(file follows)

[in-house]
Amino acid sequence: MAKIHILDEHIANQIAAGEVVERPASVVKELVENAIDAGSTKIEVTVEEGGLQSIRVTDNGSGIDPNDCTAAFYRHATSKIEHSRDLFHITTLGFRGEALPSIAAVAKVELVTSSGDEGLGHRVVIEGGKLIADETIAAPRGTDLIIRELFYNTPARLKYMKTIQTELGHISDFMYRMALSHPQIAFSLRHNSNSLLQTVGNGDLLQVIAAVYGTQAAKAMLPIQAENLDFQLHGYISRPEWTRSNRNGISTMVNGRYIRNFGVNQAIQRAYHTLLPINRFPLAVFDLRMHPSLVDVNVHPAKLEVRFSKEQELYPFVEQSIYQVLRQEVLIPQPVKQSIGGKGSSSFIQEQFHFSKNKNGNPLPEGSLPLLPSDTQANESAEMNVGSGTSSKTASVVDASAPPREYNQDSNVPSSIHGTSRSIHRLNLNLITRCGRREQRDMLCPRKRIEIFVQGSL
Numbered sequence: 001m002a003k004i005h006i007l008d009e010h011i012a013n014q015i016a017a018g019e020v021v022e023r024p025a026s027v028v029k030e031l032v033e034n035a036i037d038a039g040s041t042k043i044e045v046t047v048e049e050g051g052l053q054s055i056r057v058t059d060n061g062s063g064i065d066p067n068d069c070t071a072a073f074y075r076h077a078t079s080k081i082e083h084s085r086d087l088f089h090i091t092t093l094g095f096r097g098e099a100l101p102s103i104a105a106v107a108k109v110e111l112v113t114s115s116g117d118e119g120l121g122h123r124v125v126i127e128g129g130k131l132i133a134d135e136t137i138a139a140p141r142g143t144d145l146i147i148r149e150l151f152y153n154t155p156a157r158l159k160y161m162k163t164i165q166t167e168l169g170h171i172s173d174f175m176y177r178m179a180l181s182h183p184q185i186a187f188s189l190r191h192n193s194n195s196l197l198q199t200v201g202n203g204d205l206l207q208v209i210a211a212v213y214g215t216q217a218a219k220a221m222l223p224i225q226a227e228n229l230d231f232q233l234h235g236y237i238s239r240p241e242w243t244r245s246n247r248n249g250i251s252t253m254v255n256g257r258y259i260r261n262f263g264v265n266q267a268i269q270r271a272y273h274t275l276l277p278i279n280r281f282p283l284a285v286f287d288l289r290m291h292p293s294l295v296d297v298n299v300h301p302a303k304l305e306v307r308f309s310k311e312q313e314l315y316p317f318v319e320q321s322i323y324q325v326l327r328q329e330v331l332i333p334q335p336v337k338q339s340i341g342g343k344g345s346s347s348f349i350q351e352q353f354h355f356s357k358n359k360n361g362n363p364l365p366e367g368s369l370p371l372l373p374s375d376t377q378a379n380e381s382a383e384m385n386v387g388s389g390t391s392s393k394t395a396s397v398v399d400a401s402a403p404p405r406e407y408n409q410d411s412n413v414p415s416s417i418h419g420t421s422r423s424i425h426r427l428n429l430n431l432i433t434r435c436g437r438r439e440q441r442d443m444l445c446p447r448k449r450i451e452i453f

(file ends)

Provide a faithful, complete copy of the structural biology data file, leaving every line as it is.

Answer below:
[in-house]
Amino acid sequence: MAKIHILDEHIANQIAAGEVVERPASVVKELVENAIDAGSTKIEVTVEEGGLQSIRVTDNGSGIDPNDCTAAFYRHATSKIEHSRDLFHITTLGFRGEALPSIAAVAKVELVTSSGDEGLGHRVVIEGGKLIADETIAAPRGTDLIIRELFYNTPARLKYMKTIQTELGHISDFMYRMALSHPQIAFSLRHNSNSLLQTVGNGDLLQVIAAVYGTQAAKAMLPIQAENLDFQLHGYISRPEWTRSNRNGISTMVNGRYIRNFGVNQAIQRAYHTLLPINRFPLAVFDLRMHPSLVDVNVHPAKLEVRFSKEQELYPFVEQSIYQVLRQEVLIPQPVKQSIGGKGSSSFIQEQFHFSKNKNGNPLPEGSLPLLPSDTQANESAEMNVGSGTSSKTASVVDASAPPREYNQDSNVPSSIHGTSRSIHRLNLNLITRCGRREQRDMLCPRKRIEIFVQGSL
Numbered sequence: 001m002a003k004i005h006i007l008d009e010h011i012a013n014q015i016a017a018g019e020v021v022e023r024p025a026s027v028v029k030e031l032v033e034n035a036i037d038a039g040s041t042k043i044e045v046t047v048e049e050g051g052l053q054s055i056r057v058t059d060n061g062s063g064i065d066p067n068d069c070t071a072a073f074y075r076h077a078t079s080k081i082e083h084s085r086d087l088f089h090i091t092t093l094g095f096r097g098e099a100l101p102s103i104a105a106v107a108k109v110e111l112v113t114s115s116g117d118e119g120l121g122h123r124v125v126i127e128g129g130k131l132i133a134d135e136t137i138a139a140p141r142g143t144d145l146i147i148r149e150l151f152y153n154t155p156a157r158l159k160y161m162k163t164i165q166t167e168l169g170h171i172s173d174f175m176y177r178m179a180l181s182h183p184q185i186a187f188s189l190r191h192n193s194n195s196l197l198q199t200v201g202n203g204d205l206l207q208v209i210a211a212v213y214g215t216q217a218a219k220a221m222l223p224i225q226a227e228n229l230d231f232q233l234h235g236y237i238s239r240p241e242w243t244r245s246n247r248n249g250i251s252t253m254v255n256g257r258y259i260r261n262f263g264v265n266q267a268i269q270r271a272y273h274t275l276l277p278i279n280r281f282p283l284a285v286f287d288l289r290m291h292p293s294l295v296d297v298n299v300h301p302a303k304l305e306v307r308f309s310k311e312q313e314l315y316p317f318v319e320q321s322i323y324q325v326l327r328q329e330v331l332i333p334q335p336v337k338q339s340i341g342g343k344g345s346s347s348f349i350q351e352q353f354h355f356s357k358n359k360n361g362n363p364l365p366e367g368s369l370p371l372l373p374s375d376t377q378a379n380e381s382a383e384m385n386v387g388s389g390t391s392s393k394t395a396s397v398v399d400a401s402a403p404p405r406e407y408n409q410d411s412n413v414p415s416s417i418h419g420t421s422r423s424i425h426r427l428n429l430n431l432i433t434r435c436g437r438r439e440q441r442d443m444l445c446p447r448k449r450i451e452i453f